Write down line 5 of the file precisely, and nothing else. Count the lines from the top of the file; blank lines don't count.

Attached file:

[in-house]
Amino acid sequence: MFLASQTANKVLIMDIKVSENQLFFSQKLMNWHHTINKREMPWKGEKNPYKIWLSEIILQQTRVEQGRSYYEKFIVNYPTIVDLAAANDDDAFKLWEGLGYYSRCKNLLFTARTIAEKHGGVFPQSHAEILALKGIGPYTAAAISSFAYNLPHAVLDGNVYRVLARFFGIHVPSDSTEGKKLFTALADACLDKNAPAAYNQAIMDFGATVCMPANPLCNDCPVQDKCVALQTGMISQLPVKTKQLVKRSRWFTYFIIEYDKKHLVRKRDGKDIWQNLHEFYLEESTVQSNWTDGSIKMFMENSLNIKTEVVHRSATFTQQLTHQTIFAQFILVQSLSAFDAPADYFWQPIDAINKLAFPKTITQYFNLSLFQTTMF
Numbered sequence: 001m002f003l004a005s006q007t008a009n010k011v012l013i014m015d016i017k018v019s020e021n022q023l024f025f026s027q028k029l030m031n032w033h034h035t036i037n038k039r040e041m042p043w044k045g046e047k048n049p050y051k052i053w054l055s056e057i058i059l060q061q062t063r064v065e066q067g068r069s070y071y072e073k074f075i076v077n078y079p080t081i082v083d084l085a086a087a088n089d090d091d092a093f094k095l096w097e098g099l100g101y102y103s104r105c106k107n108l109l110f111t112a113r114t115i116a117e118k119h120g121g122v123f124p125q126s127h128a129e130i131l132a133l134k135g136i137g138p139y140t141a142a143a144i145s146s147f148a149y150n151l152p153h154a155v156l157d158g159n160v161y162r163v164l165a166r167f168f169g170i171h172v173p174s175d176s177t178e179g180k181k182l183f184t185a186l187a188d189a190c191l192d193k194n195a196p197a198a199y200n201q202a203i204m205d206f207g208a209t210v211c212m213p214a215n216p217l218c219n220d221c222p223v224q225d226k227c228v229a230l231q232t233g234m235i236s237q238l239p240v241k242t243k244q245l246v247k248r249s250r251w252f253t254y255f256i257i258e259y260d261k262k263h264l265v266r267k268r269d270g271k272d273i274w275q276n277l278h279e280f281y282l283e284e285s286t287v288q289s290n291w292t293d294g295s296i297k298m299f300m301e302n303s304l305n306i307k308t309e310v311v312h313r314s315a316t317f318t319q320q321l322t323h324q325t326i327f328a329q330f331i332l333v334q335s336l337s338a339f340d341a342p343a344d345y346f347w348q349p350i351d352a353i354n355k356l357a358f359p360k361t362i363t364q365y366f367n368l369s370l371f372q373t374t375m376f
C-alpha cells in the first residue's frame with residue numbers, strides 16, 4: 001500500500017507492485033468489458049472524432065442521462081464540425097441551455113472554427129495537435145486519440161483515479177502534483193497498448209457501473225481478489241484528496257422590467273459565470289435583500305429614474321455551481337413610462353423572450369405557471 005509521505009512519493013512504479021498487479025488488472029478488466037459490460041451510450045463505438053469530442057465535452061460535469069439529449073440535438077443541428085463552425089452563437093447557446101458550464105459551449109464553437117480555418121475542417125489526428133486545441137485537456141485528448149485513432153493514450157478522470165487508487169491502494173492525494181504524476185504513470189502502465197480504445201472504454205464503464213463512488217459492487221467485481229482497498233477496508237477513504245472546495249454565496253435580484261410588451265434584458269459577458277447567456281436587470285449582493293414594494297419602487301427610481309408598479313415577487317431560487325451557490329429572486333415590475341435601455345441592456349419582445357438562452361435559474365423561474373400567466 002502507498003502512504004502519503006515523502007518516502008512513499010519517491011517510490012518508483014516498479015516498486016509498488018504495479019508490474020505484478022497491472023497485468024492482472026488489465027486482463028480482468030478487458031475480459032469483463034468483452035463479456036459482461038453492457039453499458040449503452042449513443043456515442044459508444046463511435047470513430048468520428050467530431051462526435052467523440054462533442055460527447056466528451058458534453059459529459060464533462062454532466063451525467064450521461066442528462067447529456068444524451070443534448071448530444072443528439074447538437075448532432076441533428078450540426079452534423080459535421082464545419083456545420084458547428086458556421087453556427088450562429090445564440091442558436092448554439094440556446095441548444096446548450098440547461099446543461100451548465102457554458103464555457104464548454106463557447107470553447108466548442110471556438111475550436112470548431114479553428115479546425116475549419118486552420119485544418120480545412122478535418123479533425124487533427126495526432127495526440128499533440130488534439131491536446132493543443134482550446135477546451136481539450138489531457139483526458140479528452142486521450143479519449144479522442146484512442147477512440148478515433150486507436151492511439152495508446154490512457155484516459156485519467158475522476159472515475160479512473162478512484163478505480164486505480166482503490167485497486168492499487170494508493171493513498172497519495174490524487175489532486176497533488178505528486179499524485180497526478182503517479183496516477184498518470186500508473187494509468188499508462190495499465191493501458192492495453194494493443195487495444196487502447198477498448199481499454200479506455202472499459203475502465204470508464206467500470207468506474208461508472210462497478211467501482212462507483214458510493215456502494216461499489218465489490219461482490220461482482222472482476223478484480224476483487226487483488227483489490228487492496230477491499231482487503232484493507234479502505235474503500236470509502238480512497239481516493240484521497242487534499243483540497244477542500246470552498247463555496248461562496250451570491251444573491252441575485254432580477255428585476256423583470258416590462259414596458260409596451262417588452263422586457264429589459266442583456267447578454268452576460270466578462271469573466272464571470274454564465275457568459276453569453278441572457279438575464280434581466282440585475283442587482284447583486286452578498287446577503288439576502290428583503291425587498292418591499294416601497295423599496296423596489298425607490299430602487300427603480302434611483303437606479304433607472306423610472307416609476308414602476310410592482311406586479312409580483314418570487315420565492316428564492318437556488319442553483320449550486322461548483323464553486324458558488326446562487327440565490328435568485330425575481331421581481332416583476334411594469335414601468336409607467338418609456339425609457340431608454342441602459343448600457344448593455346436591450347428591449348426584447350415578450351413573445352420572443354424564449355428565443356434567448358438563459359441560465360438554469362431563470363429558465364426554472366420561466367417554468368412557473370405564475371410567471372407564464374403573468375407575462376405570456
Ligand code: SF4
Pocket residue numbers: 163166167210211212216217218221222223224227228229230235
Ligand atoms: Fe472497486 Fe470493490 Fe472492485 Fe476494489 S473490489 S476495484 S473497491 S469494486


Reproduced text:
Ligand code: SF4